Rodent behaviour analysis plays a vital role in drug discovery, from the development of disease models through to safety pharmacology. In research laboratories, rodents live in small social groups in highly optimised plastic home cages where they eat, drink, sleep, interact and behave, yet these data are not captured due to technical challenges. Instead, this home cage behaviour data is either ignored, or single animals are removed from the home cage to be monitored on their own. This is sub-optimal from an animal welfare perspective as single housing is stressful and may induce artefacts.
Through the CRACK IT Challenge, Rodent Big Brother, the team at Actual Analytics Ltd led by Professor Douglas Armstrong has developed an innovative home cage analysis system that provides 24/7 monitoring of rodent behaviours in a group-housed environment that is beneficial from both the quantity and quality of data generated and animal welfare perspectives. Initial studies focussed on rats in safety pharmacology where warnings of adverse side-effects are more likely to be caught during 24/7 analysis. The system they have developed uniquely tags each individual animal so they know their identity within the group and add onto this video analytics to record and analyse behaviours including activity/immobility, rearing and climbing, circadian rhythms and social grouping.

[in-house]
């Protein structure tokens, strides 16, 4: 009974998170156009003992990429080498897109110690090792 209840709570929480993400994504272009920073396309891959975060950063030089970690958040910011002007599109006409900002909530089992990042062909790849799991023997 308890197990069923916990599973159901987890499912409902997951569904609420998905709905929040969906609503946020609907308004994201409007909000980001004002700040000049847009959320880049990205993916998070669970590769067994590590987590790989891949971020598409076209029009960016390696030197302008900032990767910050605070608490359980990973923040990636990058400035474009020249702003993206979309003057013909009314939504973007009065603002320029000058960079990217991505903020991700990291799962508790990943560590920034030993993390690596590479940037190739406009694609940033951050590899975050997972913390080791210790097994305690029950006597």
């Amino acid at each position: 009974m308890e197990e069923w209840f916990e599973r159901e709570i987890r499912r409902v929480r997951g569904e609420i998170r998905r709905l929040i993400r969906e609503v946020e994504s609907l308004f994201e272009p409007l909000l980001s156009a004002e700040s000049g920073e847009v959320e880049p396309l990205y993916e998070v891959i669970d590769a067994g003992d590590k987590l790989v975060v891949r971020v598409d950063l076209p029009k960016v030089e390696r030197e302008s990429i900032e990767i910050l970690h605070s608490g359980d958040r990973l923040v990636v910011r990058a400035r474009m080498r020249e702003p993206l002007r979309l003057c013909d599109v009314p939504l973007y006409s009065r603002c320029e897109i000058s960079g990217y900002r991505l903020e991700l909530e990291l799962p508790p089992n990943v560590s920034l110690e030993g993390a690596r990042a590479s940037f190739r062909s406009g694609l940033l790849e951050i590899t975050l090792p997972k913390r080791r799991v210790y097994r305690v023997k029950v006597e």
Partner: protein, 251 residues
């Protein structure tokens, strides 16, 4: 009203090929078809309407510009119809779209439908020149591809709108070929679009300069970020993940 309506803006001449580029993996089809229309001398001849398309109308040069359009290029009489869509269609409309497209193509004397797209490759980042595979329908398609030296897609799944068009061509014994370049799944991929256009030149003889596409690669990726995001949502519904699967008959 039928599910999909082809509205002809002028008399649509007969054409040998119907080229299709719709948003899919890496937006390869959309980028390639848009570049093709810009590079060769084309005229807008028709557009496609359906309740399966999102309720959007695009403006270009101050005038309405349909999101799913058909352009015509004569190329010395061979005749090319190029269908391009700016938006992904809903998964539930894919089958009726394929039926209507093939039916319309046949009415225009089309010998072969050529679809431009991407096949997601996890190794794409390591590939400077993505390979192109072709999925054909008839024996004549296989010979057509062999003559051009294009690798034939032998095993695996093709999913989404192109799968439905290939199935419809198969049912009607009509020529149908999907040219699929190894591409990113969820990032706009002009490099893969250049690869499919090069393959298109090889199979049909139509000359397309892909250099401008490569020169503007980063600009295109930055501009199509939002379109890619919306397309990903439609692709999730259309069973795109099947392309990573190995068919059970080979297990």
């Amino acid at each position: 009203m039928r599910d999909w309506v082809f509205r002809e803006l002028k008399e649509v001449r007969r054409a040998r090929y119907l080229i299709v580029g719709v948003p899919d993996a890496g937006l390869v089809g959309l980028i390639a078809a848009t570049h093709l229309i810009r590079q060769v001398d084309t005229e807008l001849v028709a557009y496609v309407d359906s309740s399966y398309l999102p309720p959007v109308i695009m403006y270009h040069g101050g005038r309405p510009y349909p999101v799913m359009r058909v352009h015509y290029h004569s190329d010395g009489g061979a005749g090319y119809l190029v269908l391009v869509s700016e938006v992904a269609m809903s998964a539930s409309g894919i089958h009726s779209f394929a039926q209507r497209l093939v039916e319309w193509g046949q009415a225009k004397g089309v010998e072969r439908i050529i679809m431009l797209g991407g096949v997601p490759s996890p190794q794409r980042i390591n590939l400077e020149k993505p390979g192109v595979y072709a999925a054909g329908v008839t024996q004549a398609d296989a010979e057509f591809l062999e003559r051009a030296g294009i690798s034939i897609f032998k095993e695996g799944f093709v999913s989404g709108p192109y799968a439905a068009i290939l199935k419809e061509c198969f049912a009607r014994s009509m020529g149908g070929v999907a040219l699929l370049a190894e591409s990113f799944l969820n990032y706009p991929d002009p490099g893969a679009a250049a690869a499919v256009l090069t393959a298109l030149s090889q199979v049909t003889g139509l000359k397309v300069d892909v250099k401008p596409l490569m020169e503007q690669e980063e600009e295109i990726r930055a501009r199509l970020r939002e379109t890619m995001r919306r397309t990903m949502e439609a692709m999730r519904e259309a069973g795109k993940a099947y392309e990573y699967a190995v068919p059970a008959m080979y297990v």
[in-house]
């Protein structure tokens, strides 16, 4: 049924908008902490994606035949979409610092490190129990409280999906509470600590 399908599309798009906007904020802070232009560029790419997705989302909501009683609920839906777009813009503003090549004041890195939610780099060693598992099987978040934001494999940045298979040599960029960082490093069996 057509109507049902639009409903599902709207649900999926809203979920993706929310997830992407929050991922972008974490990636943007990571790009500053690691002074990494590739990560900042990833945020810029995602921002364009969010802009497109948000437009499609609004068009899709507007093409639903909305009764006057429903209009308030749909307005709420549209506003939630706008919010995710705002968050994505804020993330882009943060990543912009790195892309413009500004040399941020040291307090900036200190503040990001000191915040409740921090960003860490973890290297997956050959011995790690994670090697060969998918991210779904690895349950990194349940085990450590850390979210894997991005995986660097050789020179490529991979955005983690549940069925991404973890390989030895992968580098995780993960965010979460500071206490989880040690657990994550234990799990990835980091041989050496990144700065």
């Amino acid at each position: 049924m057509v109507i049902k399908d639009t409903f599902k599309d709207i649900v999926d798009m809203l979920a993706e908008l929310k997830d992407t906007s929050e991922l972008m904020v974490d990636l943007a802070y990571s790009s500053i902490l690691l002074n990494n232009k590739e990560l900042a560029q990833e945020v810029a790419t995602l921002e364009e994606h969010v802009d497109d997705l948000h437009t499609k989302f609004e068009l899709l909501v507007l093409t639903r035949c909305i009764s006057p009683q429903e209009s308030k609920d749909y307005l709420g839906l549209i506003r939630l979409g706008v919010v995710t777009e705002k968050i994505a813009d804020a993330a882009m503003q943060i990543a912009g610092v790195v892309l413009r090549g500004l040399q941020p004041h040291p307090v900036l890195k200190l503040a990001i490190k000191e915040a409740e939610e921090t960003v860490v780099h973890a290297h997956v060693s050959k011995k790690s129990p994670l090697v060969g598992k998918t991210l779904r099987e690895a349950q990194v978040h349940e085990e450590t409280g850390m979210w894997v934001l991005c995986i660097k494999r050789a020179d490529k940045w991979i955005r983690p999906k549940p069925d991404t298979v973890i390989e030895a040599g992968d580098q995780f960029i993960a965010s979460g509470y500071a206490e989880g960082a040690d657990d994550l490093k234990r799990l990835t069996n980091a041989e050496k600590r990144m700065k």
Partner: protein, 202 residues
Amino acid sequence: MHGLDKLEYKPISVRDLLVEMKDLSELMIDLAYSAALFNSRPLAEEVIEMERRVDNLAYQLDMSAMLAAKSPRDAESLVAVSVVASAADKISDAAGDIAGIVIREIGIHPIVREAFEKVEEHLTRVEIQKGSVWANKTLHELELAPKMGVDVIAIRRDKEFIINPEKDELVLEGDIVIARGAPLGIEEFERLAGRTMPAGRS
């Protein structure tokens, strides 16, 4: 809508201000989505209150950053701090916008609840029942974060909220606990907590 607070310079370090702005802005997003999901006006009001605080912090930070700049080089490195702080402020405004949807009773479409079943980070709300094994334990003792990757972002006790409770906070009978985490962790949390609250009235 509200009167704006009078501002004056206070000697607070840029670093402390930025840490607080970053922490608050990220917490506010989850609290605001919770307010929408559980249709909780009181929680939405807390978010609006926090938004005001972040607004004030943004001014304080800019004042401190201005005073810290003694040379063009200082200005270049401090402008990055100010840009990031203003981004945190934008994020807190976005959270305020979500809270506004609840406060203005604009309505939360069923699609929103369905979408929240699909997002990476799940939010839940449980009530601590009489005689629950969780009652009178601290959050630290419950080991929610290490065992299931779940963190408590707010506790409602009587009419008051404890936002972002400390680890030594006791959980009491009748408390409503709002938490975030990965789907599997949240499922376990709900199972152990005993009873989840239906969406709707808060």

Funded through CRACK IT Solutions, Actual Analytics is now working with researchers from Queen Mary, University of London to expand the scope of the system and validate it against applications outside of drug development where animal welfare is a pressing concern. Here they propose to validate longitudinal monitoring of home-cage behaviours in animals that have undergone spinal cord injury procedures. In particular they want to assess relevant indicators for animal welfare and functional recovery. Furthermore, it would hopefully provide more insightful understanding of the applicability of this approach for chronic pain assessment that could be translated to other interventional long term models.
Full details about this CRACK IT Solution and the outputs of the funded project can be found on the CRACK IT website.
Yip PK, Chapman GE, Sillito RR, et al. (2019). Studies on long term behavioural changes in group-housed rat models of brain and spinal cord injury using an automated home cage recording system. Journal of Neuroscience Methods. 321: 49-63. doi: 10.1016/j.jneumeth.2019.04.005
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